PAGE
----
Panic makes people do strange things.

Obviously, panic has recently come home for dinner. After all, US stocks were hitting all-time highs just a couple of weeks ago or so. To be sure, yields had been inching down ever so slowly since the start of the year, but it had all been relatively orderly. Lower yields beget higher stock multiples, and all of that, so all was right with the world…until it suddenly wasn’t.

The fit hit the Wuhan (like that?) on Monday the 24th, when the Dow Industrials fell over 1,000 points after a particularly gloomy weekend involving COVID-19 spreading rapidly OUTSIDE of China, most notably in Italy. Interestingly, the markets were okay with the virus as long as it was contained ‘over there,’ but when it hit Europe? Brother watch out below.

So, what to do when you sell stocks? Well, you can put it in cash or buy bonds. Some folks and funds did the later, driving prices up and yields down in the process. Every down day in stocks was a good day in bonds, but it was still sort of orderly until yesterday and today. I have been doing this line of work for a long time, and a 0.75% (75 bps) drop in the 10-Year Treasury and a 0.50% (50 bps) dip in the long-bond over two trading days is nothing short of spectacular.

As crazy as it sounds, and believe it or not, stocks were actually positive for the month through yesterday, having rallied like crazy on both Monday and Wednesday. What’s more, the economic data released this week has also been pretty good, with both ISM reports above 50 (the yardstick for economic expansion) and a robust Employment Situation report for February. It seems the US economy created a net 273K new jobs last month, the Unemployment Rate fell to 3.5%, and wages rose 0.3%. Shucks, the Fed even gave us a surprise 50 bps rate cut on AND Joe Biden cleaned up on Super Tuesday.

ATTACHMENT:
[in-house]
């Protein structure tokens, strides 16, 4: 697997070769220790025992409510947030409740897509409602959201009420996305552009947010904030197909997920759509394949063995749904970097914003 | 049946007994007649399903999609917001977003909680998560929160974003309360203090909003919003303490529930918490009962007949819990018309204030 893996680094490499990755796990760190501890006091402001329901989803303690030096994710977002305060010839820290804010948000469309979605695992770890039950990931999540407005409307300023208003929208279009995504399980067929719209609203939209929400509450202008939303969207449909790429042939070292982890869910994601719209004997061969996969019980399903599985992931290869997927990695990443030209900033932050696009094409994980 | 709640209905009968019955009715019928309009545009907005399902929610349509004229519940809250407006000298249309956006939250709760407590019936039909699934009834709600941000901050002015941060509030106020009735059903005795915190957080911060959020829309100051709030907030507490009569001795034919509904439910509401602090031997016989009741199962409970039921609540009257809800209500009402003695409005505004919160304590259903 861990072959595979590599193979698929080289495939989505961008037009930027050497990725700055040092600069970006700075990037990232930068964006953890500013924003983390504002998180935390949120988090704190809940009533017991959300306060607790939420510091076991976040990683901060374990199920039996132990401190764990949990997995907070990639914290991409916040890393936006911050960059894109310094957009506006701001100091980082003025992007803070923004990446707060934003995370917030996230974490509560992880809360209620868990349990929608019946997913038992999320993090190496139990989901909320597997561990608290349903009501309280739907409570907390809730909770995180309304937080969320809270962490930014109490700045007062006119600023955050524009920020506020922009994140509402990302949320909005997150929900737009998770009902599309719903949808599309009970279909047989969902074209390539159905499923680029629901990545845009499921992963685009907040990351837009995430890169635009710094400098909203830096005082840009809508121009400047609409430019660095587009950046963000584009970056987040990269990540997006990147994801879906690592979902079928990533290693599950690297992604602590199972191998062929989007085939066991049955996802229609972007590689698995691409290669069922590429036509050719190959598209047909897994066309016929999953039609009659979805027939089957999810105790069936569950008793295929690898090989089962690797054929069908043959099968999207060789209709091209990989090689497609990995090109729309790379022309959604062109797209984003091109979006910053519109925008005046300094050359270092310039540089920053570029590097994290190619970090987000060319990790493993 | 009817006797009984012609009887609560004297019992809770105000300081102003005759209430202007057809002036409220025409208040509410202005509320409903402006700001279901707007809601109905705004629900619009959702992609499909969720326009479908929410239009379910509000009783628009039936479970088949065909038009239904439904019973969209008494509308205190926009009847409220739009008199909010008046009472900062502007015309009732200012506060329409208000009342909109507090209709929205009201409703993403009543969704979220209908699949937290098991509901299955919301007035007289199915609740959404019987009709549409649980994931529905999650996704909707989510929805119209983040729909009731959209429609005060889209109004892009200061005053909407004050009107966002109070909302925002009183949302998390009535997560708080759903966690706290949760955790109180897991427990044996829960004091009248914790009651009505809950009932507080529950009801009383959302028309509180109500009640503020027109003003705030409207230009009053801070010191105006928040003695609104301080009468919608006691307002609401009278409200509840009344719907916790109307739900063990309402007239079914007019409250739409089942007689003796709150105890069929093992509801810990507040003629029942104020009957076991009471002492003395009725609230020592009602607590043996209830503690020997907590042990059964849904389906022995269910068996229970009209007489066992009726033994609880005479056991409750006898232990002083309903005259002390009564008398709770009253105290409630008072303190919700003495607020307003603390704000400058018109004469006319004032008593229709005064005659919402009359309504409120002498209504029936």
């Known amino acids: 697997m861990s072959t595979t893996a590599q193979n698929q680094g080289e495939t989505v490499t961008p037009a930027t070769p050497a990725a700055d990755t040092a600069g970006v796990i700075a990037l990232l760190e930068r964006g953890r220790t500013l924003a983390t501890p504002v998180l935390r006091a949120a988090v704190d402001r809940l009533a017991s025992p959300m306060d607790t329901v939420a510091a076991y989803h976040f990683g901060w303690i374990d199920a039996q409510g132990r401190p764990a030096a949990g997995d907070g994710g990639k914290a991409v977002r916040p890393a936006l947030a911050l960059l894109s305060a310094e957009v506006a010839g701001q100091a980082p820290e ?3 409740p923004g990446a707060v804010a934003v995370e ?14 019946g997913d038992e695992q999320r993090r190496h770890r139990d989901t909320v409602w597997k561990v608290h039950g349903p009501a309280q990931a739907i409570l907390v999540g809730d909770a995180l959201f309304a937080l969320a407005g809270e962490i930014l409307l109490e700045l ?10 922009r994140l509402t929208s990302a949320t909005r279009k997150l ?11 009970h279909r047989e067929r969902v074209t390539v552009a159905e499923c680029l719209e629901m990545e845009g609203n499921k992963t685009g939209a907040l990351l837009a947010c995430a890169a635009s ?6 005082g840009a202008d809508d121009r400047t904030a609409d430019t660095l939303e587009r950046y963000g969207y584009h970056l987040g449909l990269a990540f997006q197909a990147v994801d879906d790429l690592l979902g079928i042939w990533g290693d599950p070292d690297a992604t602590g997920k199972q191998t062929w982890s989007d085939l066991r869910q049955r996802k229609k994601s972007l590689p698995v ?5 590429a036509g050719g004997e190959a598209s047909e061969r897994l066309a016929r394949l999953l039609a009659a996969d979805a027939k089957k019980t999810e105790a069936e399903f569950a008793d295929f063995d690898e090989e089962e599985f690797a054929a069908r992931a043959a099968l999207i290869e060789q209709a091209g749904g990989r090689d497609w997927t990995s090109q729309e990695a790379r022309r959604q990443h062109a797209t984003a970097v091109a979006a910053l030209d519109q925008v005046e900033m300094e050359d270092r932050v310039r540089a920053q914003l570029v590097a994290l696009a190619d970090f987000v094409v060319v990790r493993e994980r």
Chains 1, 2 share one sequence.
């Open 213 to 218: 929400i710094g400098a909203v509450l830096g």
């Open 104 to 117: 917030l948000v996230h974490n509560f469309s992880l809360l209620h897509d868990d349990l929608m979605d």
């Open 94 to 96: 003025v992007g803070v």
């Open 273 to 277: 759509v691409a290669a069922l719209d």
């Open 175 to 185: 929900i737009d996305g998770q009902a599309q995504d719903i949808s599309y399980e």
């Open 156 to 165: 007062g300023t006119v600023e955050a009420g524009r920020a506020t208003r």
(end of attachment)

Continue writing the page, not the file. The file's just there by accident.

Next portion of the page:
In no uncertain terms, this should have been a great week for the US stock market…should have been. The fear of the unknown and the economics of hysteria conspired to drive down stock prices on Thursday and Friday, and, perhaps more importantly, credit default swaps mushroomed, as the credit market got walloped on Friday and liquidity dried up. In essence, feared prevailed at the end of the week.

Bond yields reflect this, and currently suggest there won’t be any growth in the US economy moving forward, for all intents and purposes. I am having trouble with this. As long as the banking system remains solvent, it is hard for me to envision a true Doomsday scenario for the US economy. Of course, COVID-19 could turn into something worse than the Black Death, but I haven’t read any medical experts suggesting anything near as such.

As a result, yeah, you can call me a little surprised by the magnitude of the fear the last two days of this week; note the key word magnitude. So much so, our investment committee will reconvene next week to determine whether there are some relatively easy ways to ‘sell this massive rally’ in the US Treasury market…and determine whether our clients (and/or which ones) would like for us to do this.

Hey, we aren’t necessarily market timers and we don’t normally get too cute with our allocations; however, when bonds become exciting, well, there has to be some money to be made going the other direction.

 

Have a great weekend.

John Norris

Managing Director

Chief Economist

 

 

Please note: this note should not be construed as an offer to provide investment services, an investment recommendation, or a solicitation to buy/sell investment securities. Market conditions can and do change, and this commentary represents the author’s opinion at the time of its writing and are subject to change.